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Global consortium launches studies to discover transmission-blocking coronavirus vaccines

An international consortium of researchers specialising in human challenge studies is embarking on a US$57 million project to develop advanced, virus-blocking coronavirus vaccines that could stop SARS-CoV-2 and other coronaviruses from infecting people.

Led by Imperial College London and co-funded by the European Union’s Horizon Europe Programme and CEPI, the Coalition for Epidemic Preparedness Innovations, the consortium of more than a dozen scientific teams and organisations will begin by running trials to select particular viruses and identify the best conditions under which to safely induce infection in healthy volunteers. A human challenge study is a carefully managed medical research study, during which volunteers are intentionally given an infection in a safe way, with healthcare support.

Researchers at multiple clinical research facilities will then use a selected virus to try to infect healthy volunteers who have received an experimental vaccine. Unlike traditional vaccines which are injected into muscle, these experimental vaccines will be inhaled into the lungs or sprayed in the nose and are designed to induce a type of protection known as mucosal immunity – which scientists believe could be the key to stopping onward transmission of coronaviruses.

“Vaccines that can stop transmission of a virus, rather than only reducing the severity of the disease it causes, are crucial to being able to end pandemics and epidemics swiftly,” said Dr Richard Hatchett, CEPI’s Chief Executive Officer. “If we could find a way to induce virus-blocking mucosal immunity with the next generation of COVID-19 vaccines, for example, we could then dramatically reduce the circulation of the SARS-CoV-2 virus and hence limit its ability to generate dangerous new variants.”

Human challenge studies are unique in their ability to investigate and understand the onset and development of disease in a safe and highly controlled environment. They enable scientists to observe and analyse complex interactions between viruses and the human immune system and to identify ways to disrupt and block viral infections.

The five-year Mucosal Immunity in human Coronavirus Challenge (MusiCC) project will be led by Imperial College London, whose specialist researchers have built up years of experience in using human challenge studies to deepen scientific understanding of a range of infectious diseases. In February 2021, Imperial ran the world’s first human challenge study for COVID-19 and currently leads the world’s first human challenge study for non-typhoidal salmonella.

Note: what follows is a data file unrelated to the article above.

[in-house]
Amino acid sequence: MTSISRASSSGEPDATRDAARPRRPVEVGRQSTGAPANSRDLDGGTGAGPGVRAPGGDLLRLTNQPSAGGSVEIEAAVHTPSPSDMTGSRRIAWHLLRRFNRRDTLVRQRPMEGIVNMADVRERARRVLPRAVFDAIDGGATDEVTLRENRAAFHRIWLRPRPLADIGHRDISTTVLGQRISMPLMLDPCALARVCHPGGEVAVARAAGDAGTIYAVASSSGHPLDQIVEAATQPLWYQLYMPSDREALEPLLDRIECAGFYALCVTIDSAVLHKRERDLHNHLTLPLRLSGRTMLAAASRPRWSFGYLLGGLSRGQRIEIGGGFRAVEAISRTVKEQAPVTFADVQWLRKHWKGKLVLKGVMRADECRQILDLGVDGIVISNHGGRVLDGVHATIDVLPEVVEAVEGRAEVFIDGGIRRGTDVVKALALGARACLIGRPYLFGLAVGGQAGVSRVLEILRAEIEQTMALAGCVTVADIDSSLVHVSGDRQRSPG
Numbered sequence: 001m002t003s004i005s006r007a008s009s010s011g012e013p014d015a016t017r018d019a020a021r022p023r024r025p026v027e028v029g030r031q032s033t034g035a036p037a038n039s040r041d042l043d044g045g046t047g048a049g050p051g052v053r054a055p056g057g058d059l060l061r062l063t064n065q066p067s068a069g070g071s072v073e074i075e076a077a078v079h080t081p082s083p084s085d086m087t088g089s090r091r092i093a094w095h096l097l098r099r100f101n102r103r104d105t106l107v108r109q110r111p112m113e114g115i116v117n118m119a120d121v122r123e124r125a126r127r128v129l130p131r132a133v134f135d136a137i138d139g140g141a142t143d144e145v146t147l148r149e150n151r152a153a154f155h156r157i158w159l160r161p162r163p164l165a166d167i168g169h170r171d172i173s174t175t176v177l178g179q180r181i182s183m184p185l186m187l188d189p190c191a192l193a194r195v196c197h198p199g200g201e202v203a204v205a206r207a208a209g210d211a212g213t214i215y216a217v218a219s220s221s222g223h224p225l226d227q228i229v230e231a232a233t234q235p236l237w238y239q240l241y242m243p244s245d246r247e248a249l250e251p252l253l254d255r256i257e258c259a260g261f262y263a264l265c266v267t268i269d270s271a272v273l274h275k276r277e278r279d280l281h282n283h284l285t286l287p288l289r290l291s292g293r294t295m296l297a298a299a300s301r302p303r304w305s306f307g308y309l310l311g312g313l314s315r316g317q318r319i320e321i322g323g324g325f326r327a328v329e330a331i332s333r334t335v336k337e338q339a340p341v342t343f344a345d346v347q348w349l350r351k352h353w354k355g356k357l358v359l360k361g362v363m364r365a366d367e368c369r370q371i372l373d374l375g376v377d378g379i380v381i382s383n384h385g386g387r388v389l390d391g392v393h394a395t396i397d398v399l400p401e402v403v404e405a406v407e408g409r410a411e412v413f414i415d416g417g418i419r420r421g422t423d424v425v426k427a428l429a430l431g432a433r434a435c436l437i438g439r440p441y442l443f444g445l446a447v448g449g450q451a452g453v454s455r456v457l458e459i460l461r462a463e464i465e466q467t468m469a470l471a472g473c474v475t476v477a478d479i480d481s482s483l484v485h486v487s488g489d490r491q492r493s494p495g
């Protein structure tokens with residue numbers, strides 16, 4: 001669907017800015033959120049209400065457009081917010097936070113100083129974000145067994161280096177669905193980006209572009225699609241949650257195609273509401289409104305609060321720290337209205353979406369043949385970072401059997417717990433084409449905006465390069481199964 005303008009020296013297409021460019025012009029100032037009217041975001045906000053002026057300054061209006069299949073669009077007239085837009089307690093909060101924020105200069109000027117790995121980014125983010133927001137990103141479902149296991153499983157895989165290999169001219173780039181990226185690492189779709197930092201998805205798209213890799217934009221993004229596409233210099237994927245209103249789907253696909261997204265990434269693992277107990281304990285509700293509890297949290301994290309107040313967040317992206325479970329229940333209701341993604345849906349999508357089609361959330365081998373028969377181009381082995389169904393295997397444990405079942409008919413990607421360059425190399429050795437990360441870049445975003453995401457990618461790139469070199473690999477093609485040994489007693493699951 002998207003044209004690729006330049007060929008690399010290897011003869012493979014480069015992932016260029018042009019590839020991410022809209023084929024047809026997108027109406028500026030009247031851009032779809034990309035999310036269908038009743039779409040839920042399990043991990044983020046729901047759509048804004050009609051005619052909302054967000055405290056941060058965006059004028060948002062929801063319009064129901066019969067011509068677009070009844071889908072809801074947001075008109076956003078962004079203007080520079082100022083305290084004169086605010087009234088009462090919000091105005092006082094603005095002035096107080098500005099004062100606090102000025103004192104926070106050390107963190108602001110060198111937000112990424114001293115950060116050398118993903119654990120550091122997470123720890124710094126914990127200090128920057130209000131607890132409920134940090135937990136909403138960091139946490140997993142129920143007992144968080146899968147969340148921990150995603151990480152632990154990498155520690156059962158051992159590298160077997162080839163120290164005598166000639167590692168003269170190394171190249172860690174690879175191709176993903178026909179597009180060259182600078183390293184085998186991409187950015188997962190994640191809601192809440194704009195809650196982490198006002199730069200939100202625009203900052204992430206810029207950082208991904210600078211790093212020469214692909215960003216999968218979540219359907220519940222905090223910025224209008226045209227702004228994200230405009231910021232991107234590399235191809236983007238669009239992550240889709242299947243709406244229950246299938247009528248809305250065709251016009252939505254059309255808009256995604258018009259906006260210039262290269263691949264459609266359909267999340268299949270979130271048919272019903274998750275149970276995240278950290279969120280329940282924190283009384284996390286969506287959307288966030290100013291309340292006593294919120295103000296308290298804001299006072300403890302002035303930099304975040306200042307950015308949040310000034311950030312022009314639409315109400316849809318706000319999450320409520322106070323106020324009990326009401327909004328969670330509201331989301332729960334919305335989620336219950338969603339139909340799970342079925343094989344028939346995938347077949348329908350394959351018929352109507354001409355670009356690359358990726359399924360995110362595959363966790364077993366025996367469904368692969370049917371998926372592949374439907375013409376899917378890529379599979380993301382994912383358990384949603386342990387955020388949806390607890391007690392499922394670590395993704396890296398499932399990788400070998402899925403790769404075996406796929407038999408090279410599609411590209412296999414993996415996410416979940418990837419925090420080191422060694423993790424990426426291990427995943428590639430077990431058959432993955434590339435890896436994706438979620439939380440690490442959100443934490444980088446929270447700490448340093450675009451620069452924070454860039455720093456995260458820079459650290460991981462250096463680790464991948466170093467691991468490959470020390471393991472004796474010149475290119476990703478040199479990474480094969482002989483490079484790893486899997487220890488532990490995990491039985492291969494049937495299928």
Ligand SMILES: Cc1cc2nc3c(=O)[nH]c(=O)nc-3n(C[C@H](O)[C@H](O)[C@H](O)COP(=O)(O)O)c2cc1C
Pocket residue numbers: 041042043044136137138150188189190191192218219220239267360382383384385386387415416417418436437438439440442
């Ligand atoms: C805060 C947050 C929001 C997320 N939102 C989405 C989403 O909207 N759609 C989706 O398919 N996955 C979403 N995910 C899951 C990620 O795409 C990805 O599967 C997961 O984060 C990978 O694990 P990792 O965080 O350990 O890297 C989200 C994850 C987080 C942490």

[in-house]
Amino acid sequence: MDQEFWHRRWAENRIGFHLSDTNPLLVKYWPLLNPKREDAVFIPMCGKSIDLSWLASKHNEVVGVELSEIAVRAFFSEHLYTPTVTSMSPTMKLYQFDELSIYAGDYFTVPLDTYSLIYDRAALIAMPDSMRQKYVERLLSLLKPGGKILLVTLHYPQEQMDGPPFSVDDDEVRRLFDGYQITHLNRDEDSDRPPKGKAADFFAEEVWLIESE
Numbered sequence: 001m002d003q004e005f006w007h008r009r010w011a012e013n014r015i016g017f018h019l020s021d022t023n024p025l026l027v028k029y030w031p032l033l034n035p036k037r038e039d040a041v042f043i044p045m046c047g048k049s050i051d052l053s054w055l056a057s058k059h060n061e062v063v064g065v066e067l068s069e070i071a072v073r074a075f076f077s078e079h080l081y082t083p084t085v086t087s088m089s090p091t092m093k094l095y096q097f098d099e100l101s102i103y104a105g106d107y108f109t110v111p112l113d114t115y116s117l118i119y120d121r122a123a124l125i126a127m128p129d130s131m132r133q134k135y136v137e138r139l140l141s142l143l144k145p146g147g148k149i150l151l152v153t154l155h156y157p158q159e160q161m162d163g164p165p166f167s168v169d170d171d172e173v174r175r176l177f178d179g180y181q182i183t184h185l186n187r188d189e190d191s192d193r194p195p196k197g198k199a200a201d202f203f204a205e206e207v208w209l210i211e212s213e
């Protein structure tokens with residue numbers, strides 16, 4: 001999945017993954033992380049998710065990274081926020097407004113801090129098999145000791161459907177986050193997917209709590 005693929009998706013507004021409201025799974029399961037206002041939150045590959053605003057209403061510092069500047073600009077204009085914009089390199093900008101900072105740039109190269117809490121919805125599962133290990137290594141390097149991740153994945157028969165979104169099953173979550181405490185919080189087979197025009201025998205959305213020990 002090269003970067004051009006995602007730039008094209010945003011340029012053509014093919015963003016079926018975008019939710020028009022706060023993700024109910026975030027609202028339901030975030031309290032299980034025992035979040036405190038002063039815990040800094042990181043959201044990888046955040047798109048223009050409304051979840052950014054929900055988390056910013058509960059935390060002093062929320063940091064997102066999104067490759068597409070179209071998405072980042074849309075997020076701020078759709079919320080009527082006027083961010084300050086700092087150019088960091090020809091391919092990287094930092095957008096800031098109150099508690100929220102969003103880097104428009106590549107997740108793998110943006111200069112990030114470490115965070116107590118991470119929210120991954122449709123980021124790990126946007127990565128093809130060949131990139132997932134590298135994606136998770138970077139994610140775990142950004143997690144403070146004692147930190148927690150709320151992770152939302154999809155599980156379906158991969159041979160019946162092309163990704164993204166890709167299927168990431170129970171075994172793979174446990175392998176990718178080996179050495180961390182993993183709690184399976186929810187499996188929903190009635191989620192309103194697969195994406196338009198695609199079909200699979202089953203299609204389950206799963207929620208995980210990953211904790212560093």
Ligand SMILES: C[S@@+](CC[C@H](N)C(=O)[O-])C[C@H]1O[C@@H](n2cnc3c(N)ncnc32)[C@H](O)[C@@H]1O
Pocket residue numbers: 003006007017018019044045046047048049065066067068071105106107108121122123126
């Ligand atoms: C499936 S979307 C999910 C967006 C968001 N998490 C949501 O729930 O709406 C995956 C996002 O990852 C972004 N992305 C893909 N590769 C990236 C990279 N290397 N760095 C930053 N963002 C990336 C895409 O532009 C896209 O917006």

Chris Chiu, Professor of Infectious Diseases at Imperial College London and principal investigator for MusiCC, said: “Coronaviruses typically infect people through cells lining their nose, throat and lungs. Mucosal immunity generated at these surfaces is highly specialised and very different to immune responses in the circulation. Since it directly acts in the place that viruses enter and exit the body, it could be the key to developing vaccines that can block viruses from being able to spread from one person to another.”

“This exciting project enables us to bring together world class expertise in human challenge studies. With our partners, we will build on the fundamental groundwork we’ve already carried out at Imperial, and through our leading expertise and experience in human challenge studies for a range of pathogens, help to develop the next generation of transmission-blocking vaccines.”

As the lead and convener of the consortium, Imperial will work with all MusiCC partners, including, for example, the University of Antwerp’s Vaccinopolis in Belgium, to establish human challenge models that can be used in multiple trial sites. The trials will test potential mucosal vaccine candidates against betacoronaviruses – the sub-family of coronaviruses that includes the SARS-CoV-2 virus that causes COVID-19, several seasonal viruses that cause common colds, and the MERS coronavirus that causes Middle East Respiratory Syndrome.

Using harmonised standard operating procedures, the trials will take place across several sites in the UK, Europe, the United States and Singapore and will each involve a small group of young, healthy volunteers. In the challenge trial, volunteers will first receive either a dose of an investigational vaccine designed to provide mucosal coronavirus immunity or placebo before being intentionally exposed to a calibrated dose of SARS-CoV-2.  A model using a seasonal coronavirus called OC43 is also being developed for similar use.

 

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Pathology Horizons 2024

MacDonald Bath Spa Hotel, Bath
18-20 April, 2024

Diagnostics North East Conference 2024

The Catalyst, Newcastle upon Tyne
19 April, 2024

ECCMID 2024 - European Congress of Clinical Microbiology and Infectious Diseases

Fira Gran Via, 08038 Barcelona, Spain
27-30 April 2024

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UK Health Security Agency, Colindale, London
2 May 2024

EQA Reports: Interpreting Key Information & Troubleshooting Tips

ONLINE - Zoom
Thursday 16th May 2024

Participants’ Meeting: UK NEQAS Immunology, Immunochemistry & Allergy

Sheffield Hallam University, City Campus, Howard Street, Sheffield
24th May 2024

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